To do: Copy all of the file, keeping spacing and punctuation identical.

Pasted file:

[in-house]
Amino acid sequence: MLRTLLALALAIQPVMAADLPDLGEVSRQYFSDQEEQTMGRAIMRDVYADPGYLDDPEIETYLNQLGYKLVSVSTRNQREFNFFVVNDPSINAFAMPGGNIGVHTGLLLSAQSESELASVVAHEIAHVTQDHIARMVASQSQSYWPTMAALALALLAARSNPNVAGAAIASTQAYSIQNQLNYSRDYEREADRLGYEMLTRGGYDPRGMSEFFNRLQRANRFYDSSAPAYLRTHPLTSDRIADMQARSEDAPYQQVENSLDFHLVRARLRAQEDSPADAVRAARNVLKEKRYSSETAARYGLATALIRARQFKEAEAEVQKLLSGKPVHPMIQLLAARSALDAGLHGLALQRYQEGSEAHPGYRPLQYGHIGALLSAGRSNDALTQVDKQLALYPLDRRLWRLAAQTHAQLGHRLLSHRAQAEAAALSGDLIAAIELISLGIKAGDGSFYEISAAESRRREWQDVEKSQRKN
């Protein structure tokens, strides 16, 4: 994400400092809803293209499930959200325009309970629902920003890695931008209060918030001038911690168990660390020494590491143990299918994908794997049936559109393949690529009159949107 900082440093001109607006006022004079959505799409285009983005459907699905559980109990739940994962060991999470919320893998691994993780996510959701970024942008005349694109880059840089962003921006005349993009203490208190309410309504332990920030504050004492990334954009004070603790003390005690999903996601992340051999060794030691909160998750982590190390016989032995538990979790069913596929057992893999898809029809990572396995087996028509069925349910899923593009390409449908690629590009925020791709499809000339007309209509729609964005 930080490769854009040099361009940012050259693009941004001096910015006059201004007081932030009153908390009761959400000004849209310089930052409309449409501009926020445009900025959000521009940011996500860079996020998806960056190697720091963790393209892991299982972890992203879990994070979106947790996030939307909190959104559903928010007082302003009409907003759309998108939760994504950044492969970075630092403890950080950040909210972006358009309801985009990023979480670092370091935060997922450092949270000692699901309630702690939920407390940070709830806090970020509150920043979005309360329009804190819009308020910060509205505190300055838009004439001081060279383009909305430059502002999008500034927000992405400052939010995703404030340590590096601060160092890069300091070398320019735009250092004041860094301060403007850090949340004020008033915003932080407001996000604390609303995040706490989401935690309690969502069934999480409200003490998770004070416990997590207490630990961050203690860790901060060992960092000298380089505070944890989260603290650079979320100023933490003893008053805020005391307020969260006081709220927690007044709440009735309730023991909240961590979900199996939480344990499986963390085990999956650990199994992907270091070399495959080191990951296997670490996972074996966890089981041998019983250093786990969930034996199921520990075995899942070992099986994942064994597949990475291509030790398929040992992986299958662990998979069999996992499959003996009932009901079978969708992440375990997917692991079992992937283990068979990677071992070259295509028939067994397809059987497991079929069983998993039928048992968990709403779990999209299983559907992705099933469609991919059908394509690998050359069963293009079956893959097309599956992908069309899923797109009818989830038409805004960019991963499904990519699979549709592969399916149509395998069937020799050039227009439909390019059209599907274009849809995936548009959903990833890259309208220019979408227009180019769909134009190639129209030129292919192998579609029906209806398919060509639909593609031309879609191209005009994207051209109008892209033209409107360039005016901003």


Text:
[in-house]
Amino acid sequence: MLRTLLALALAIQPVMAADLPDLGEVSRQYFSDQEEQTMGRAIMRDVYADPGYLDDPEIETYLNQLGYKLVSVSTRNQREFNFFVVNDPSINAFAMPGGNIGVHTGLLLSAQSESELASVVAHEIAHVTQDHIARMVASQSQSYWPTMAALALALLAARSNPNVAGAAIASTQAYSIQNQLNYSRDYEREADRLGYEMLTRGGYDPRGMSEFFNRLQRANRFYDSSAPAYLRTHPLTSDRIADMQARSEDAPYQQVENSLDFHLVRARLRAQEDSPADAVRAARNVLKEKRYSSETAARYGLATALIRARQFKEAEAEVQKLLSGKPVHPMIQLLAARSALDAGLHGLALQRYQEGSEAHPGYRPLQYGHIGALLSAGRSNDALTQVDKQLALYPLDRRLWRLAAQTHAQLGHRLLSHRAQAEAAALSGDLIAAIELISLGIKAGDGSFYEISAAESRRREWQDVEKSQRKN
């Protein structure tokens, strides 16, 4: 994400400092809803293209499930959200325009309970629902920003890695931008209060918030001038911690168990660390020494590491143990299918994908794997049936559109393949690529009159949107 900082440093001109607006006022004079959505799409285009983005459907699905559980109990739940994962060991999470919320893998691994993780996510959701970024942008005349694109880059840089962003921006005349993009203490208190309410309504332990920030504050004492990334954009004070603790003390005690999903996601992340051999060794030691909160998750982590190390016989032995538990979790069913596929057992893999898809029809990572396995087996028509069925349910899923593009390409449908690629590009925020791709499809000339007309209509729609964005 930080490769854009040099361009940012050259693009941004001096910015006059201004007081932030009153908390009761959400000004849209310089930052409309449409501009926020445009900025959000521009940011996500860079996020998806960056190697720091963790393209892991299982972890992203879990994070979106947790996030939307909190959104559903928010007082302003009409907003759309998108939760994504950044492969970075630092403890950080950040909210972006358009309801985009990023979480670092370091935060997922450092949270000692699901309630702690939920407390940070709830806090970020509150920043979005309360329009804190819009308020910060509205505190300055838009004439001081060279383009909305430059502002999008500034927000992405400052939010995703404030340590590096601060160092890069300091070398320019735009250092004041860094301060403007850090949340004020008033915003932080407001996000604390609303995040706490989401935690309690969502069934999480409200003490998770004070416990997590207490630990961050203690860790901060060992960092000298380089505070944890989260603290650079979320100023933490003893008053805020005391307020969260006081709220927690007044709440009735309730023991909240961590979900199996939480344990499986963390085990999956650990199994992907270091070399495959080191990951296997670490996972074996966890089981041998019983250093786990969930034996199921520990075995899942070992099986994942064994597949990475291509030790398929040992992986299958662990998979069999996992499959003996009932009901079978969708992440375990997917692991079992992937283990068979990677071992070259295509028939067994397809059987497991079929069983998993039928048992968990709403779990999209299983559907992705099933469609991919059908394509690998050359069963293009079956893959097309599956992908069309899923797109009818989830038409805004960019991963499904990519699979549709592969399916149509395998069937020799050039227009439909390019059209599907274009849809995936548009959903990833890259309208220019979408227009180019769909134009190639129209030129292919192998579609029906209806398919060509639909593609031309879609191209005009994207051209109008892209033209409107360039005016901003």